I've really come to enjoy this story. I read the graphic novel and was quite impressed by it, even though it does present very mature themes. I don't know that I'd recommend the movie to anyone, if you're interested in the story go for the graphic novel first. The movie doesn't integrate the sub-story "Tale of the Black Freighter" which adds a lot to the meaning of the main story; for this reason it's not as good as it could be. If you were to watch the edited version of the film (like we did) you will miss out on a lot of information. The novel is less explicit than the movie (as far as I can tell by reading the reasons why this is R) - the swearing is not as heavy, there isn't any explicit sex, but it is still rather violent/disturbing.
Moral Value - Failure to Communicate?
Overall message: Don't leave the saving of society to the "heroes." We may not have super heroes in our society today, but we do have politicians who believe they are super heroes. If we leave the correcting of society to those in power and do nothing ourselves, our society will end up like that in the Watchmen, quite terrifying. The saying came up quite frequently in the movie, and even more so in the graphic novel, if the Watchmen are keeping society in check, then who watches the Watchmen?
The character's, themselves, each embody different moral/amoral values that are worth paying attention to.
Ozymandias's plan is very similar to Satan's plan in the Pre-mortal existence, where Satan (then Lucifer) wanted to compel us (probably through fear) to be saved. Ozymandias, through a plan that created fear, united the world (though in reality only postponing it's utter destruction, not really changing the actual people).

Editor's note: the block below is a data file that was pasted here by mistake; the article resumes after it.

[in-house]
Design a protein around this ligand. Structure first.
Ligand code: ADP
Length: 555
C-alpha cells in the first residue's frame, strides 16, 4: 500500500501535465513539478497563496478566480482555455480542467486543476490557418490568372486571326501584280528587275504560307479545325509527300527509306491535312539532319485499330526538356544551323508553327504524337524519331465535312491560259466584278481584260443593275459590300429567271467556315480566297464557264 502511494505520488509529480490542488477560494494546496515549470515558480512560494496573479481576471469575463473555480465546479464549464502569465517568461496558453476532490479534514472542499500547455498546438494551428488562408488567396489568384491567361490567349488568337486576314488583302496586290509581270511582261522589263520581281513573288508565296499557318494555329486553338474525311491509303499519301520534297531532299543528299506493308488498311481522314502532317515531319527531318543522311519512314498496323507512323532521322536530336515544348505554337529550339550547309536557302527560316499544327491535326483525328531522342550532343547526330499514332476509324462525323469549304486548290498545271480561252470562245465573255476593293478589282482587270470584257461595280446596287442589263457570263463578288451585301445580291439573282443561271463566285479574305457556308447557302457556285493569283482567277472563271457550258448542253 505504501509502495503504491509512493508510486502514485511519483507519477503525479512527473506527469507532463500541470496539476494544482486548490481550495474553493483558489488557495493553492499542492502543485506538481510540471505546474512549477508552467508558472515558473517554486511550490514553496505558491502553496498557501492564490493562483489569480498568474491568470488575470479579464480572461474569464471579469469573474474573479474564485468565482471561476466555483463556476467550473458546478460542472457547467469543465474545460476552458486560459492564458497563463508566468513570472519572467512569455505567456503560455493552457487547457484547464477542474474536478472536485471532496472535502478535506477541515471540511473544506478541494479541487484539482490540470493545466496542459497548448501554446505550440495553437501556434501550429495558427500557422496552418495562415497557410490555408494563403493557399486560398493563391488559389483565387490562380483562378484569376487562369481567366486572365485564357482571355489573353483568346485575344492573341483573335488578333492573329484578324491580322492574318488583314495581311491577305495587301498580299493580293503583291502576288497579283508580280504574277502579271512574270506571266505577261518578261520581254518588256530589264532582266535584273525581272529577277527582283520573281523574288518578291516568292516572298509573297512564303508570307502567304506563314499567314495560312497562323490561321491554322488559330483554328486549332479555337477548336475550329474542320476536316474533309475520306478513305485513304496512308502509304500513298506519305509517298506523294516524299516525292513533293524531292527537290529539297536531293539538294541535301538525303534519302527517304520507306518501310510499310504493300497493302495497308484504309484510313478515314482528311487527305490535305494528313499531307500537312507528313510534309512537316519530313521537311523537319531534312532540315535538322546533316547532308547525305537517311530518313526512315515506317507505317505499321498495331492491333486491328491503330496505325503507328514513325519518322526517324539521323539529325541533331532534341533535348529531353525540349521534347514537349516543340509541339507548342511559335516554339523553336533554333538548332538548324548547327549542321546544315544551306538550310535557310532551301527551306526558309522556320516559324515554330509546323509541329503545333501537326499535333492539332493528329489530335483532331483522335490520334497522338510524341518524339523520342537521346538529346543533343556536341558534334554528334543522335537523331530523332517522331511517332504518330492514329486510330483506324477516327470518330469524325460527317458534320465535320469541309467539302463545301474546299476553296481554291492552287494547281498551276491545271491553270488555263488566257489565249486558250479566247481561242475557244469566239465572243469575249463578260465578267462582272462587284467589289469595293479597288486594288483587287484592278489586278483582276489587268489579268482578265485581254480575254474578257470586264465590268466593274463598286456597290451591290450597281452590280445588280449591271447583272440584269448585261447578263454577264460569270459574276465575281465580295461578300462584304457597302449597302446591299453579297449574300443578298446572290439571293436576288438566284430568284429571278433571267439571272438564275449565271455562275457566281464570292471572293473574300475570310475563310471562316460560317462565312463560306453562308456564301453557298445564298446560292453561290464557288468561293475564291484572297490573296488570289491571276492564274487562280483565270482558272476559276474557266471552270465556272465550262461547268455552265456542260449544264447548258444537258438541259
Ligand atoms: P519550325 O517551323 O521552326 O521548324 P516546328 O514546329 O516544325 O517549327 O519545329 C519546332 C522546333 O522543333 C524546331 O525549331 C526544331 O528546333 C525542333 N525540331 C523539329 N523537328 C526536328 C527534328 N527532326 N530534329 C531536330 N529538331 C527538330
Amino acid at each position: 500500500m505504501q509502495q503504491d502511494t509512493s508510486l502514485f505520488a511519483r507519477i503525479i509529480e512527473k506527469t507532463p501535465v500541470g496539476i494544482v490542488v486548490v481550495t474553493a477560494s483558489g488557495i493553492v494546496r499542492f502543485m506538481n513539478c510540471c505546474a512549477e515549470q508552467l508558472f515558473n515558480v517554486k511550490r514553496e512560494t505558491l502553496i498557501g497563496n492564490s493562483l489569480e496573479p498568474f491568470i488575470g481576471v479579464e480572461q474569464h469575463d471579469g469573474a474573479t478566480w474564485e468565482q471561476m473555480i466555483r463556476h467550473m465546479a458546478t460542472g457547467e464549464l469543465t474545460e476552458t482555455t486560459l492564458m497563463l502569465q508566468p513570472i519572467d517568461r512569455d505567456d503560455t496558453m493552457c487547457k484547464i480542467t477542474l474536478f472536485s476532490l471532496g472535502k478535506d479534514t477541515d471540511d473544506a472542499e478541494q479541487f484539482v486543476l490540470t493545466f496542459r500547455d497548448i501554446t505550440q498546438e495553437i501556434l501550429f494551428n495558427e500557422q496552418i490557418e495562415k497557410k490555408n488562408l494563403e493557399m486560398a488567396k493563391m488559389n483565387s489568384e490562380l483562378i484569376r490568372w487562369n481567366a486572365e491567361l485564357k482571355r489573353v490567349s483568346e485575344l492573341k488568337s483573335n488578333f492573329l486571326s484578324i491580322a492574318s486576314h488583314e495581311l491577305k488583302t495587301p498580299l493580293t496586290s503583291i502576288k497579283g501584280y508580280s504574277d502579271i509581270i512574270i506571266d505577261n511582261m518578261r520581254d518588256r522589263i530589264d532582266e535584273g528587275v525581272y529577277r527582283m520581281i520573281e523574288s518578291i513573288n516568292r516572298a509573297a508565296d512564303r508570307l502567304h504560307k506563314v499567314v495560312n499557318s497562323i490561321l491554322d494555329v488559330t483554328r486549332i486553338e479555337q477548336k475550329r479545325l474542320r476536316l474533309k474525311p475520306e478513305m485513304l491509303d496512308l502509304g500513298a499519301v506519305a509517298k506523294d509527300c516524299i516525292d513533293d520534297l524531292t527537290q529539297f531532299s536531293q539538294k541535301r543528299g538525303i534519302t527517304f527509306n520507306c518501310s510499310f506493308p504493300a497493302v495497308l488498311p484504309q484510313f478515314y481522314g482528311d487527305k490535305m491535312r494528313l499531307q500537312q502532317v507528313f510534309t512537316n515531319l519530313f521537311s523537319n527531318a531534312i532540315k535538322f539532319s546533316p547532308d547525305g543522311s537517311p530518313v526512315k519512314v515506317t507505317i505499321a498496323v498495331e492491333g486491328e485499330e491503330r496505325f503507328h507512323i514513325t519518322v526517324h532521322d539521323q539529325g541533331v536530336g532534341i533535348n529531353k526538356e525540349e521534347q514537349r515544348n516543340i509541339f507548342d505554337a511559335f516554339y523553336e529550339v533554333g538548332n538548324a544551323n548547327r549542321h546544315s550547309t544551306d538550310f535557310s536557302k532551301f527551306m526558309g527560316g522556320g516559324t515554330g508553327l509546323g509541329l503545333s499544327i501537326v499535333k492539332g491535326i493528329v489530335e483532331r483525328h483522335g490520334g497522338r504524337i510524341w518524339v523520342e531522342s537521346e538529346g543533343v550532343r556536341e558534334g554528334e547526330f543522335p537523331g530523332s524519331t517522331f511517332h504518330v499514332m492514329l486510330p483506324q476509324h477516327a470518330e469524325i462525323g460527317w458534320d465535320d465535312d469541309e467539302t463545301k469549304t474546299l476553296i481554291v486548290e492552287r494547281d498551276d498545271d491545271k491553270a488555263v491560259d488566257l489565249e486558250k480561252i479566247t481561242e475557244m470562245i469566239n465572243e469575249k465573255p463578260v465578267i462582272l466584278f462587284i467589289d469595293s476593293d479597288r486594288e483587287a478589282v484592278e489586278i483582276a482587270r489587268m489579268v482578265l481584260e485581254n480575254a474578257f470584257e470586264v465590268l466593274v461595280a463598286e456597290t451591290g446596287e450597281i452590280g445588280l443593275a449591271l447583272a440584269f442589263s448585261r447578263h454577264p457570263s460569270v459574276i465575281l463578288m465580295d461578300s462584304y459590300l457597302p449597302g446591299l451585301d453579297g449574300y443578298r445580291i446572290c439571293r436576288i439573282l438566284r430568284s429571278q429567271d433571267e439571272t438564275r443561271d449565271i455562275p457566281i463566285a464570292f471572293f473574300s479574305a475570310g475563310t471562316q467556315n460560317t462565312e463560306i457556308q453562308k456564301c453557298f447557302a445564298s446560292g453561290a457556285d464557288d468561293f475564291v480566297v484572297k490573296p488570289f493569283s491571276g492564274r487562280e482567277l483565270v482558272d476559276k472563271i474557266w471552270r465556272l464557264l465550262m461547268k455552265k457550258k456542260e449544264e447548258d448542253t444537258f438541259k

Rorschach was a very violent, ruthless character, but he had certain strong moral principles which he never compromised, even at the expense of his own life. He didn't execute any mercy, just strict justice.
Some of Rorschach's dialog helps illustrate this character:
"Never compromise. Not even in the face of Armageddon. That's always been the difference between us, Daniel."
"You see, Doctor, God didn't kill that little girl. Fate didn't butcher her and destiny didn't feed her to those dogs. If God saw what any of us did that night he didn't seem to mind. From then on I knew... God doesn't make the world this way. We do. "
Dr. Manhattan was another interesting character in that he is presented as a god, and doesn't deny the possibility until he realizes how little he actually can predict what humanity will do (previously he thought he could predict anything and knew everything).
The most human like characters were Dan and Jupiter - and to me they were the least likable. They didn't seem to have any strong adherence to principles, but they weren't evil. They tried to stand up for what was right, but just had weaker characters and gave in to the more influential people rather than sacrifice their lives.